Welcome back to our Heavy Blog Guest List feature where we give some of the bands we covered (or just adored) in 2016 a chance to publish their own Top 10 Albums of 2016. Brutai, after having released their debut album Born, are set to rock the mainstream prog world with their catchy, compact progressive jams. Without the lengthy nuisance other progressive brands court, Brutai offer straightforward songs with all the flavor of modern progressive music from the riffs to the production. We’re pleased to offer a Top 10 list from three members of Brutai: Felix Lawrie, Alex Lorimer, and Christian Sturgess.

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10. Architects – All Our Gods Have Abandoned Us

I must have spun this record in its entirety over 30 times now. The emotion that was poured into this album shines through in its sensational mix, likely making it their best album since The Here And Now. “Memento Mori” is a stand out track, written with such meaning and purpose that it brings me to tears every time the intro chords ring out. In terms of composition, the album has enough variety in its breakdowns, riffs, big choruses, and ambient sections to please any fan, but the album really stands out above the rest as a pinnacle in songwriting. All Our Gods Have Abandoned Us will stand as a testament to Tom [Searle]’s immense talent as a writer.

-Christian Sturgess

9. Killswitch Engage – Incarnate

Back with a bang, Killswitch Engage have absolutely nailed it this time around. Incarnate is exactly what you’d expect from them—riff upon riff that gets your head nodding and choruses you can’t help but sing along with. It’s this formula that has had me hooked on this band since I first got into metal many years ago. Jesse Leach puts in a very strong vocal performance, even better than his first since his return. He’s so powerful in both his cleans and screams and has always been someone that connects with me on an emotional level. You can really feel every word on this album. My favourite track is definitely “We Carry On”—that’s how you write a chorus and why Killswitch Engage are the giant that they are.

-Alex Lorimer

8. Textures – Phenotype

We had the honor of sharing a stage with these guys earlier in 2016 and, boy, was it a treat to hear some of their new tracks live. Textures have really launched themselves into the wider eye of the public with this release and it’s easy to see why. Another combination of brutal riffs and really well-written choruses makes for a great listen. The final two tracks, “Zman,” a beautiful piano piece that leads into “Timeless,” could be an album on their own. I’ve listened to them hundreds of times—epic is an understatement. You have to listen to the piano intro to really appreciate the brilliance and diversity of their songwriting. No stone was left unturned on this release and I would heavily recommend checking both the album and catching them live. Absolutely flawless and tight beyond belief.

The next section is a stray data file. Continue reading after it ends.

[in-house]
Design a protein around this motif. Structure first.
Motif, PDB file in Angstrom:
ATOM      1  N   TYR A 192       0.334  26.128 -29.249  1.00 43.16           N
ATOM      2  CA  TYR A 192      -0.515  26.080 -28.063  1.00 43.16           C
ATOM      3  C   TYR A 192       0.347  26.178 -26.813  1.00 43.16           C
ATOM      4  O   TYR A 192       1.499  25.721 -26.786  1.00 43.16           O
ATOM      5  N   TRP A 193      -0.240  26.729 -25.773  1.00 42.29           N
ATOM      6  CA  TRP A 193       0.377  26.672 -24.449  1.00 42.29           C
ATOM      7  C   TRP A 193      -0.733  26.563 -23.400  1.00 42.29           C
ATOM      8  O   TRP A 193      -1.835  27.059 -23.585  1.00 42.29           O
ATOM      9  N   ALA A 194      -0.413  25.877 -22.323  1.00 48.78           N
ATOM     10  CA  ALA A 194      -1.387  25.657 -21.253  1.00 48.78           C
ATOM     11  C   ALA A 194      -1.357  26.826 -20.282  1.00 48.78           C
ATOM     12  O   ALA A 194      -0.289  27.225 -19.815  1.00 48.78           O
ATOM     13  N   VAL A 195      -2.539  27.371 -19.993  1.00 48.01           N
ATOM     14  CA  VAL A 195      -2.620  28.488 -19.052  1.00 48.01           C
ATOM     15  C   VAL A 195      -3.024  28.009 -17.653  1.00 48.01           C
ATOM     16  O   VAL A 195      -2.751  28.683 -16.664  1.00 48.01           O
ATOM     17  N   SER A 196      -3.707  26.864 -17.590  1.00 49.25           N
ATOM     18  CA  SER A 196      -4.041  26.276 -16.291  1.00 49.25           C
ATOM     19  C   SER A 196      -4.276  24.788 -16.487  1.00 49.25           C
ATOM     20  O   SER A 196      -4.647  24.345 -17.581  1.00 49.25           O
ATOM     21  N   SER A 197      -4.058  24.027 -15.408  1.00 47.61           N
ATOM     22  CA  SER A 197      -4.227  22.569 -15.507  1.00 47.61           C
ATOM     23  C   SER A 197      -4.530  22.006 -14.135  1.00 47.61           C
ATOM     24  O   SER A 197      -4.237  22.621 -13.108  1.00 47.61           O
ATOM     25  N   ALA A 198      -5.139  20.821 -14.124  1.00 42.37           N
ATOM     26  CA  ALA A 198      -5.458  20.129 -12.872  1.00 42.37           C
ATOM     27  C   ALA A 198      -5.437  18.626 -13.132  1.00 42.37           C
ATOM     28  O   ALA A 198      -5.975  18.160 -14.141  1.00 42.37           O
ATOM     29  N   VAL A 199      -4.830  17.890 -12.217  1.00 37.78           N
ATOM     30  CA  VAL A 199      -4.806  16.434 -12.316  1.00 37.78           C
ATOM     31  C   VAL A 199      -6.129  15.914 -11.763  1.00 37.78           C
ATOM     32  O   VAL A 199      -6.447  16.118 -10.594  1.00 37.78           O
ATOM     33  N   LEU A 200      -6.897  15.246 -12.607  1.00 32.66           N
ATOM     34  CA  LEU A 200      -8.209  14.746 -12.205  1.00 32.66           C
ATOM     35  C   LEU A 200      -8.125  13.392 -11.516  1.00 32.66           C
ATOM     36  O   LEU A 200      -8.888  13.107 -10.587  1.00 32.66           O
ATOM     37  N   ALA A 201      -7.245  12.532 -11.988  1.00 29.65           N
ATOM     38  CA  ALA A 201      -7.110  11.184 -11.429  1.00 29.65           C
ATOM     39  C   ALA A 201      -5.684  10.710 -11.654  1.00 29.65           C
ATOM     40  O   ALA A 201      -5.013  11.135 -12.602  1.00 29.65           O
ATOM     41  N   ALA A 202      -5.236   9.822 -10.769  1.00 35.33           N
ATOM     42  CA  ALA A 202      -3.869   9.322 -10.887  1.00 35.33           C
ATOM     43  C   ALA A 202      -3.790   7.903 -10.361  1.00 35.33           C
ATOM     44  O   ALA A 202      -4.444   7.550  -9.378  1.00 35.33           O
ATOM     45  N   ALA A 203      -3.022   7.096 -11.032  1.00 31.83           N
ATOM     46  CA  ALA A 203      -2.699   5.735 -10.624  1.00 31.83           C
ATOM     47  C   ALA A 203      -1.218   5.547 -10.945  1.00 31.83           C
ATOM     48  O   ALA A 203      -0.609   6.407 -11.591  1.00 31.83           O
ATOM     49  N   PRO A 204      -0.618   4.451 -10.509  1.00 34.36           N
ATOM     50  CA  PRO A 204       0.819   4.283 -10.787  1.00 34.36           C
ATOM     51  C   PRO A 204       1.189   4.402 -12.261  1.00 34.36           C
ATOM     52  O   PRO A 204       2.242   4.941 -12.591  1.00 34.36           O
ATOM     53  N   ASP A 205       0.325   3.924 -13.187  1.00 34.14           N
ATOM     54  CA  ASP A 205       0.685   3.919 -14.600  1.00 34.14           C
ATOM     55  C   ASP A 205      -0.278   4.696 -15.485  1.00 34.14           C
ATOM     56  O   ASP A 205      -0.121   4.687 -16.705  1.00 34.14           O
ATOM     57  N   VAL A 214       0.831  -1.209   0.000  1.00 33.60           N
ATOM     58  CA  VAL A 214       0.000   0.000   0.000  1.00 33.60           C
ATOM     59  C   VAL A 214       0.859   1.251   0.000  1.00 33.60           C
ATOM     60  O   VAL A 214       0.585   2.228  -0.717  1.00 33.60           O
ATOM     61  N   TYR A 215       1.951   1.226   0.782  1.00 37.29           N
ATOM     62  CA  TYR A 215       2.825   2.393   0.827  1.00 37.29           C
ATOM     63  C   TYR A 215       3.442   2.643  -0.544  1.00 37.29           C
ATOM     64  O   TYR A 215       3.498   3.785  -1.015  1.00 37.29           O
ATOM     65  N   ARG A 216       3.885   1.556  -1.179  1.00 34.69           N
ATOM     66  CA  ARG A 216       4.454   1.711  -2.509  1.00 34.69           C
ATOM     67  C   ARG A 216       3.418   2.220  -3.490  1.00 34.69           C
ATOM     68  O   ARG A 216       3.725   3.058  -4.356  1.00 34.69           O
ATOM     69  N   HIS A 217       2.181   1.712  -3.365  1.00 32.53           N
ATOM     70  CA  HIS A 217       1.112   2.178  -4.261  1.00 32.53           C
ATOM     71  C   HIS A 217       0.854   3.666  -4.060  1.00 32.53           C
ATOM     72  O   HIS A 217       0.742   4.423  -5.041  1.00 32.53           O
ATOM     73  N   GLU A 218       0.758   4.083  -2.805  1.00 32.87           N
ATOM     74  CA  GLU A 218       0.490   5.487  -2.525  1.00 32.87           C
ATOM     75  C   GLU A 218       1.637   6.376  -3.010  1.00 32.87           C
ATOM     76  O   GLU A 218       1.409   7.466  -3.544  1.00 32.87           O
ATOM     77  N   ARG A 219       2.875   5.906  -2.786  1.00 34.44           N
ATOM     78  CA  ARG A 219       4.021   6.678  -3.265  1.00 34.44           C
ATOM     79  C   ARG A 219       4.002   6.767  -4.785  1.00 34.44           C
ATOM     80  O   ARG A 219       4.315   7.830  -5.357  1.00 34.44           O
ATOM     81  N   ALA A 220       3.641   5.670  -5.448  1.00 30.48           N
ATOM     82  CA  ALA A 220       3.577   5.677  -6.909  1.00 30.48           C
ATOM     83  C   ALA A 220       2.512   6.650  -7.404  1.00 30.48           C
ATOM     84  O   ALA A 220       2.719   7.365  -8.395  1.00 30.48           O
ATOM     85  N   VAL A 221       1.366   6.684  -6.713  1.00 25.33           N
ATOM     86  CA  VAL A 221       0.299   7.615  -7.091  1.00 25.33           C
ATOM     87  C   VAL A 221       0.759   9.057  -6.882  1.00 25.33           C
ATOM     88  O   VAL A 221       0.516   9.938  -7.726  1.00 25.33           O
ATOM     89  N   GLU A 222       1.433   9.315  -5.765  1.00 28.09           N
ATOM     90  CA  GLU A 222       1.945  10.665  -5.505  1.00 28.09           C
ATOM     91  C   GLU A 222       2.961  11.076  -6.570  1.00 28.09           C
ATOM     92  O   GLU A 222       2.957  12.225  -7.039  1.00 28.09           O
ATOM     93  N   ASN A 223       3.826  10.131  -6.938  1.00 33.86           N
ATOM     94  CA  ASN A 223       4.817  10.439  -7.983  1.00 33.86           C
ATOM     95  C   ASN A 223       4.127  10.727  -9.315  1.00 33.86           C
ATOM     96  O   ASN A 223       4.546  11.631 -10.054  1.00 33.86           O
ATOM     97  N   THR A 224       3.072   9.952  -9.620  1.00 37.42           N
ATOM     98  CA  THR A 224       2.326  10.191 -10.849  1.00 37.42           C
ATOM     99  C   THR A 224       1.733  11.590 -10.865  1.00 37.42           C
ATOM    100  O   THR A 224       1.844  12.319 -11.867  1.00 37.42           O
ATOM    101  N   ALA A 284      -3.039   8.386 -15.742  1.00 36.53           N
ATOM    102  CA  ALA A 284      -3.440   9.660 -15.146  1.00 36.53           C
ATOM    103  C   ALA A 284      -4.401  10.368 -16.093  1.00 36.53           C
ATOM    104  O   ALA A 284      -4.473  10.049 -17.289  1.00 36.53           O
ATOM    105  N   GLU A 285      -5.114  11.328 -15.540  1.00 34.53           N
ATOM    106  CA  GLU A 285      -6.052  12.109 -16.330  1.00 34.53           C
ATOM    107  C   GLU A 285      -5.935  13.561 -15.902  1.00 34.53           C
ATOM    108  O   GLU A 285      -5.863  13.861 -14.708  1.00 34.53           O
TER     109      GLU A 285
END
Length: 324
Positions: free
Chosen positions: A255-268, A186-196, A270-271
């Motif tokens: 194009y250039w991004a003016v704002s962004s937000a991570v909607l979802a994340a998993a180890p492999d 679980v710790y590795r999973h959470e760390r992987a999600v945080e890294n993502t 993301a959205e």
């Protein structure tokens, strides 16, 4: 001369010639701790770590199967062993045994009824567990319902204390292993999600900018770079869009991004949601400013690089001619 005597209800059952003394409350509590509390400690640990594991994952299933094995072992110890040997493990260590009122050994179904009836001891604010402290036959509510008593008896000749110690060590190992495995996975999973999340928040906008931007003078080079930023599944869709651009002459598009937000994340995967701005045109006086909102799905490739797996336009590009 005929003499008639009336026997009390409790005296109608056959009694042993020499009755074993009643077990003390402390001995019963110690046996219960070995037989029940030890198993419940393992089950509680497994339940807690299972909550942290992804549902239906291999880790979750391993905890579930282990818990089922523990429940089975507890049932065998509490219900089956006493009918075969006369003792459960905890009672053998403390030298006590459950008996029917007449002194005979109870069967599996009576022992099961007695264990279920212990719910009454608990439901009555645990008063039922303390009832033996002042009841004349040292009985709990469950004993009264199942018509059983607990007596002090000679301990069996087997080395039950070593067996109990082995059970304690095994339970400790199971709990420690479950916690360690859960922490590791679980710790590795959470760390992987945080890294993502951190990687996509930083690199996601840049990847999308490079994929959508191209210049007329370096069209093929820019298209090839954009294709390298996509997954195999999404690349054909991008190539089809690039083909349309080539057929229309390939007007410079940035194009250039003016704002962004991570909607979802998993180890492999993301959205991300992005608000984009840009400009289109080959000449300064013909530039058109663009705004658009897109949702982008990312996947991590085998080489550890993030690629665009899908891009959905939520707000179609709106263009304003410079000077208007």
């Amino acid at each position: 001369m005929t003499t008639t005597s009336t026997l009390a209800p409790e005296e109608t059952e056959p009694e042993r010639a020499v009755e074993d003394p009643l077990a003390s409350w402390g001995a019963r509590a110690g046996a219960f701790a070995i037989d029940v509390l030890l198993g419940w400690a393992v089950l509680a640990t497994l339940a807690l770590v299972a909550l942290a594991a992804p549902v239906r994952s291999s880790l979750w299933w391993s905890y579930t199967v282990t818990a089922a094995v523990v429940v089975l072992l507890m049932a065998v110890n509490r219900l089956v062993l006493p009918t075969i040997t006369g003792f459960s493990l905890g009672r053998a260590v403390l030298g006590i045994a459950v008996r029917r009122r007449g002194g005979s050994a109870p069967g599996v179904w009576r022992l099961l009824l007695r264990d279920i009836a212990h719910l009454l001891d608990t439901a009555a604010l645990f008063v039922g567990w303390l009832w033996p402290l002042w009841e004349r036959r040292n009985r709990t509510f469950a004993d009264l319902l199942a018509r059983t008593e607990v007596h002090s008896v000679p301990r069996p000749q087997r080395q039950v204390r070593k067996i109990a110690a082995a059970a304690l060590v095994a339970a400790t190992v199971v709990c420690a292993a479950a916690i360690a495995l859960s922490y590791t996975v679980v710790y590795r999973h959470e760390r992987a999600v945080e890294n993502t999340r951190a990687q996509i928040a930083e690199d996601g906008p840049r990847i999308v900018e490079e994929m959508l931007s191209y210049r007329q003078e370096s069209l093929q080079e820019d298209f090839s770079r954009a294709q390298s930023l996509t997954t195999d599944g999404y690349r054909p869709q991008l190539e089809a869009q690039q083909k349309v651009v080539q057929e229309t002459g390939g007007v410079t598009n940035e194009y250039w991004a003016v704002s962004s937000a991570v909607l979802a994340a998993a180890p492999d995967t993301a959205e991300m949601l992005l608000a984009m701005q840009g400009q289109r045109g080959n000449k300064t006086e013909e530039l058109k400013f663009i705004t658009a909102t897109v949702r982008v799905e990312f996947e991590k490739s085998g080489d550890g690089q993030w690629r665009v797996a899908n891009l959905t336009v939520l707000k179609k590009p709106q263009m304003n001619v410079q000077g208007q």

-Alex Lorimer

7. Avenged Sevenfold – The Stage

I understand that quite a lot of people do not like Avenged Sevenfold, but that is simply not the case for me and most of the guys in Brutai. They are a huge influence and played a big part of my growth as a musician. I believe this is their best work since their self-titled, as I haven’t enjoyed much of their work between then and now. Loving the fact that they’re taking a slightly more progressive approach in songwriting. The recruitment of Brook Wackerman is a master stroke, as he’s such a talented drummer and really shines through on this record. The old A7X are back!

-Felix Lawrie

6. Fire from the Gods – Narrative

This band kind of swung out of left field for me—came out of nowhere like a sucker punch! I remember reading about them briefly and then decided to watch their video for “End transmission”—loved it! I decided to give their album a spin soon after. I was hooked.

AJ is a great vocalist, mixing aggressive vocals and smooth cleans. I hear a lot of Lajon Witherspoon (Sevendust) in his voice. In fact, I love a lot of the nu-metal vibes Fire from the Gods offers, mixing a bit of rap that brings you back to the good ol’ days of Linkin Park and POD. When this band hits aggressively, you can definitely hear some early Slipknot as well, but their lyrics are wonderfully deep, having a message you can connect with.